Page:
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From fires to COVID, Mow prepped Glacier for change

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WEST GLACIER — Like the snow-covered mountains, Jeff Mow’s nearly empty headquarters felt buttoned up for winter.

“I haven’t sat in this office in eight months,” Mow said on a recent Friday morning. “This is my first day back from Alaska.”

It was also one of his last days as the superintendent of Glacier National Park. After 33 years with the National Park Service — eight of them leading Glacier — Mow is retiring at the end of 2021.

Coming off a temporary detail overseeing all of Alaska’s national parks for the summer, in the same year Glacier imposed its first-ever ticketed entry system on Going-to-the-Sun motorists, on the heels of the COVID-19 pandemic that rocked the tourism industry, Mow could be excused for seeking a rest.

But looking back over his career, he believes this may be the new pace of change for America’s wild places.

“I really noticed it with the Reynolds fire,” Mow said, referring to a 2015 catastrophe that nearly burned over the Rising Sun campground before rambling into Glacier’s backcountry and burning for months. “What I saw for staff who were just hired that summer, who hadn’t seen a fire this big and suddenly had to get out and leave, a number of them were just not the same afterward. They were not prepared mentally.

“And I thought — how do we make staff more resilient and adaptable, more flexible?” Mow said.

The Reynolds fire closed park facilities, kicked people out of their offices and routines, and snarled traffic throughout the park. It increased tourist parking at Logan Pass, which in turn stressed the water supply at the top of the Going-to-the-Sun Road. In many ways, Mow said the Reynolds fire foreshadowed the visitor volume challenges that led to ticketed entry six years later.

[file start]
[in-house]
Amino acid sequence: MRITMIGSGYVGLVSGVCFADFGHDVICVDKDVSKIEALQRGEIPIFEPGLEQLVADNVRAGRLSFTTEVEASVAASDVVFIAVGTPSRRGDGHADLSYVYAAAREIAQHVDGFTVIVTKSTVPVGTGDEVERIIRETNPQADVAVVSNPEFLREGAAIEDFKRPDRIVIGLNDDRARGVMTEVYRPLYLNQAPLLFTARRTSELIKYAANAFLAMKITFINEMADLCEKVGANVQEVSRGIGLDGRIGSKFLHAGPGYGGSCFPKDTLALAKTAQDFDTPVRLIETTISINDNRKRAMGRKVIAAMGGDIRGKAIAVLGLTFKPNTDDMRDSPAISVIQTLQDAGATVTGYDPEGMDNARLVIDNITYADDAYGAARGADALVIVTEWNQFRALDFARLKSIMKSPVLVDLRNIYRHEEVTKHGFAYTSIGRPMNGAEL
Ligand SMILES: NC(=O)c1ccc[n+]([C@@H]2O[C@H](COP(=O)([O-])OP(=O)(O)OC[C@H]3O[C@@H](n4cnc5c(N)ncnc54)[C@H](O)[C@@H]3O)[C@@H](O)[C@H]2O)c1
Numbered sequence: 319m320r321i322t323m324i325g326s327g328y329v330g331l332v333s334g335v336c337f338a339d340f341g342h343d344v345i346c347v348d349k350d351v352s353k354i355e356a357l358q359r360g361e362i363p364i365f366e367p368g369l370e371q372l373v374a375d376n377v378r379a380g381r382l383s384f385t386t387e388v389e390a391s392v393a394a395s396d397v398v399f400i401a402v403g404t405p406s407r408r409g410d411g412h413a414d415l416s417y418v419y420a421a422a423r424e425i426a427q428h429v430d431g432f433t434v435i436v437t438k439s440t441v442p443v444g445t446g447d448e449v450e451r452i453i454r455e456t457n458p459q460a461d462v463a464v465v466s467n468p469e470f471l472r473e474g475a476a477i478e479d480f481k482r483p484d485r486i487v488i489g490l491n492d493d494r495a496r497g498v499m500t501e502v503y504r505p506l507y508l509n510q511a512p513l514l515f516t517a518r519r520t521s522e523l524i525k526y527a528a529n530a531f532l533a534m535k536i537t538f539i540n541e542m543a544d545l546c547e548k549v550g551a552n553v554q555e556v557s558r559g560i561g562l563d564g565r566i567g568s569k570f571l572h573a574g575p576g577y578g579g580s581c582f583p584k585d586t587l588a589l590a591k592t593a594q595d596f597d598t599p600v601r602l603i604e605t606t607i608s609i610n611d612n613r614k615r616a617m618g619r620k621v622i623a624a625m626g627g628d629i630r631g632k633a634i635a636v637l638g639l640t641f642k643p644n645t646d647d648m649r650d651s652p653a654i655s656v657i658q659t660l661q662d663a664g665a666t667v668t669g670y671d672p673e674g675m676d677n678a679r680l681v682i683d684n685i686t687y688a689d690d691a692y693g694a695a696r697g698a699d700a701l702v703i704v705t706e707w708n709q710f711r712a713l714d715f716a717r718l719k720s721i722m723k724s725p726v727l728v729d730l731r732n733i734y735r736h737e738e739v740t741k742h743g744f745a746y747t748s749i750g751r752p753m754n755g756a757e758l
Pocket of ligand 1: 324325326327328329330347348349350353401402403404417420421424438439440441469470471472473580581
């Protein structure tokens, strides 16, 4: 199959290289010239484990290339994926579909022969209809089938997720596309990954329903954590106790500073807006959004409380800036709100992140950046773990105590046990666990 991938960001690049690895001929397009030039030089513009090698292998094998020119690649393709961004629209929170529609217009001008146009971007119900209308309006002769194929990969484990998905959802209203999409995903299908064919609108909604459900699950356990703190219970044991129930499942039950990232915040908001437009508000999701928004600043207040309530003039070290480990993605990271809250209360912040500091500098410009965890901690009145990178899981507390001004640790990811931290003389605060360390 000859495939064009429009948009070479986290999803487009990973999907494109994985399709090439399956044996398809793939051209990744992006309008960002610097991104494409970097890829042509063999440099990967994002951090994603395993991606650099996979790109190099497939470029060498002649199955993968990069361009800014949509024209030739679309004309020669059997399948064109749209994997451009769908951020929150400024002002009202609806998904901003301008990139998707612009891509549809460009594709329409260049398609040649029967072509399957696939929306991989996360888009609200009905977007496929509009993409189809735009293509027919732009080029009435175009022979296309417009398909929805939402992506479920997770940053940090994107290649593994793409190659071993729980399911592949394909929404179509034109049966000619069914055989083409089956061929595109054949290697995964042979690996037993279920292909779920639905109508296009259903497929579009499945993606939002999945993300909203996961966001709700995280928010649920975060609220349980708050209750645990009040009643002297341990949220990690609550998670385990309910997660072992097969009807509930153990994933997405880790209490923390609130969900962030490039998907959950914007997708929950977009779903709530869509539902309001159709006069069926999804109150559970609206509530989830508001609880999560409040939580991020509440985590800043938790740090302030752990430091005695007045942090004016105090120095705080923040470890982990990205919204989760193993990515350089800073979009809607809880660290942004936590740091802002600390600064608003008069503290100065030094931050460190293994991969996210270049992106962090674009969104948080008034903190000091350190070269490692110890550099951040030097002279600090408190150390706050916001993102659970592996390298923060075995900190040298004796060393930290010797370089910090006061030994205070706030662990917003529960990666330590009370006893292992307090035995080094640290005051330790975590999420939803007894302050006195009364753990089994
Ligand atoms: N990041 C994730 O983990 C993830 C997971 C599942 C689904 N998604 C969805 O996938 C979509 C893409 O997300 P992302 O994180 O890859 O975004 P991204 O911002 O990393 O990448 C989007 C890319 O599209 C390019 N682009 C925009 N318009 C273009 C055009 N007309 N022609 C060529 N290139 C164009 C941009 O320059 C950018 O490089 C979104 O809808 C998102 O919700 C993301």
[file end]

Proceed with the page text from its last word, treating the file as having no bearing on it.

Then in 2017, the Sprague fire tore through the western side of the road corridor and destroyed the dormitory of the historic Sperry Chalet. The stone-walled outpost had provided beds and meals for thousands of tourists over the decades, and many of them shared their opinions about what could or should be rebuilt.

Glacier’s visitation has grown from thousands to millions a summer, and Sperry is one of only two mountain hotels accessible only by trail in the park. Mow said the decision on rebuilding could shape Glacier’s character for the next 100 years.

“(Sperry concessionaire) Kevin Warrington said ‘if you expand, this is what changes,’” Mow recalled. “’It’s no longer just the people who are sleeping overnight and sharing the dining hall experience with others from all over the world. If you expand, I have to change the way I do meals.’ We rebuilt it just as it was, so if you had a grandmother who stayed there, you could have that same experience.”

Other experiences have refused to remain so stable. While backcountry camping use hasn’t changed significantly, Mow said frontcountry use of trails, picnic areas and day activities has exploded. Commercial operators and outfitters reported seeing guests with far less wilderness experience than in the past. Glacier’s traditional reputation as a place for more-experienced visitors was getting overwhelmed by first-timers.

“It’s a great thing to get people outdoors, but the numbers can get overwhelming at times,” Mow said. “We’ve had to have closures in May because of overuse. Things used to be driven by the school year, where we didn’t get into full swing until around July 4 and come Labor Day, everything dropped off. Now our growth in the shoulder seasons is significant.”